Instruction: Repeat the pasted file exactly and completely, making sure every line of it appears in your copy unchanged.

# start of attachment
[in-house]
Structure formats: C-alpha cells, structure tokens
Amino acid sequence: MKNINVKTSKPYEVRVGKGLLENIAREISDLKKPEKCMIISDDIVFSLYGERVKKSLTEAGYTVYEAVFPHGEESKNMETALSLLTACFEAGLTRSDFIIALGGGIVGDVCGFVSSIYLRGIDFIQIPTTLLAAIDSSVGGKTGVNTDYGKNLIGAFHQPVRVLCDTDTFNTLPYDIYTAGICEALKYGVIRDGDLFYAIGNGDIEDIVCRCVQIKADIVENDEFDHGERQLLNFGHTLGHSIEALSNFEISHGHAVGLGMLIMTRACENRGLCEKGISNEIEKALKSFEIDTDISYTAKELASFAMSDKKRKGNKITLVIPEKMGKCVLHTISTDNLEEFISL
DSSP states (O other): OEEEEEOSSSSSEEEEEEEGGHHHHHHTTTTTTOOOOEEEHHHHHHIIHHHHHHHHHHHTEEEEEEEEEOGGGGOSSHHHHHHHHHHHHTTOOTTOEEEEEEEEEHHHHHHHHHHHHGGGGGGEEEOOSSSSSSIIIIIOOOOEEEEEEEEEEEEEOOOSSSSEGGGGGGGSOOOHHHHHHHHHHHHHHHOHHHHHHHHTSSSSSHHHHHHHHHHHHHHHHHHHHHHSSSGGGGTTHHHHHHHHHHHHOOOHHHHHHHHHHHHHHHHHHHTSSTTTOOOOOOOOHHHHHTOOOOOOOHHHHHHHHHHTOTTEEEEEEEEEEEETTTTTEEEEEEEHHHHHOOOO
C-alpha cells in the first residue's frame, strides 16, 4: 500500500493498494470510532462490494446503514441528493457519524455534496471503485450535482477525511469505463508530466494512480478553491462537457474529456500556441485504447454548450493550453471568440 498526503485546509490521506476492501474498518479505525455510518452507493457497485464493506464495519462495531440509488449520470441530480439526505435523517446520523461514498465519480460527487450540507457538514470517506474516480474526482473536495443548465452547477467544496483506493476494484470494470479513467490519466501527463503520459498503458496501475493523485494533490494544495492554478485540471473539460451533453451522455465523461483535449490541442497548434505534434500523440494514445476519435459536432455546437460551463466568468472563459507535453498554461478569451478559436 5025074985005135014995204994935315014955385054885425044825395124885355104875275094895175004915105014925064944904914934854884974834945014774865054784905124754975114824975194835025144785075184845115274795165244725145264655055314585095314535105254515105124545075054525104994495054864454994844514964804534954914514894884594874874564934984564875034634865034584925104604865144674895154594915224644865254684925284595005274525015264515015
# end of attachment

[in-house]
Structure formats: C-alpha cells, structure tokens
Amino acid sequence: MKNINVKTSKPYEVRVGKGLLENIAREISDLKKPEKCMIISDDIVFSLYGERVKKSLTEAGYTVYEAVFPHGEESKNMETALSLLTACFEAGLTRSDFIIALGGGIVGDVCGFVSSIYLRGIDFIQIPTTLLAAIDSSVGGKTGVNTDYGKNLIGAFHQPVRVLCDTDTFNTLPYDIYTAGICEALKYGVIRDGDLFYAIGNGDIEDIVCRCVQIKADIVENDEFDHGERQLLNFGHTLGHSIEALSNFEISHGHAVGLGMLIMTRACENRGLCEKGISNEIEKALKSFEIDTDISYTAKELASFAMSDKKRKGNKITLVIPEKMGKCVLHTISTDNLEEFISL
DSSP states (O other): OEEEEEOSSSSSEEEEEEEGGHHHHHHTTTTTTOOOOEEEHHHHHHIIHHHHHHHHHHHTEEEEEEEEEOGGGGOSSHHHHHHHHHHHHTTOOTTOEEEEEEEEEHHHHHHHHHHHHGGGGGGEEEOOSSSSSSIIIIIOOOOEEEEEEEEEEEEEOOOSSSSEGGGGGGGSOOOHHHHHHHHHHHHHHHOHHHHHHHHTSSSSSHHHHHHHHHHHHHHHHHHHHHHSSSGGGGTTHHHHHHHHHHHHOOOHHHHHHHHHHHHHHHHHHHTSSTTTOOOOOOOOHHHHHTOOOOOOOHHHHHHHHHHTOTTEEEEEEEEEEEETTTTTEEEEEEEHHHHHOOOO
C-alpha cells in the first residue's frame, strides 16, 4: 500500500493498494470510532462490494446503514441528493457519524455534496471503485450535482477525511469505463508530466494512480478553491462537457474529456500556441485504447454548450493550453471568440 498526503485546509490521506476492501474498518479505525455510518452507493457497485464493506464495519462495531440509488449520470441530480439526505435523517446520523461514498465519480460527487450540507457538514470517506474516480474526482473536495443548465452547477467544496483506493476494484470494470479513467490519466501527463503520459498503458496501475493523485494533490494544495492554478485540471473539460451533453451522455465523461483535449490541442497548434505534434500523440494514445476519435459536432455546437460551463466568468472563459507535453498554461478569451478559436 5025074985005135014995204994935315014955385054885425044825395124885355104875275094895175004915105014925064944904914934854884974834945014774865054784905124754975114824975194835025144785075184845115274795165244725145264655055314585095314535105254515105124545075054525104994495054864454994844514964804534954914514894884594874874564934984564875034634865034584925104604865144674895154594915224644865254684925284595005274525015264515015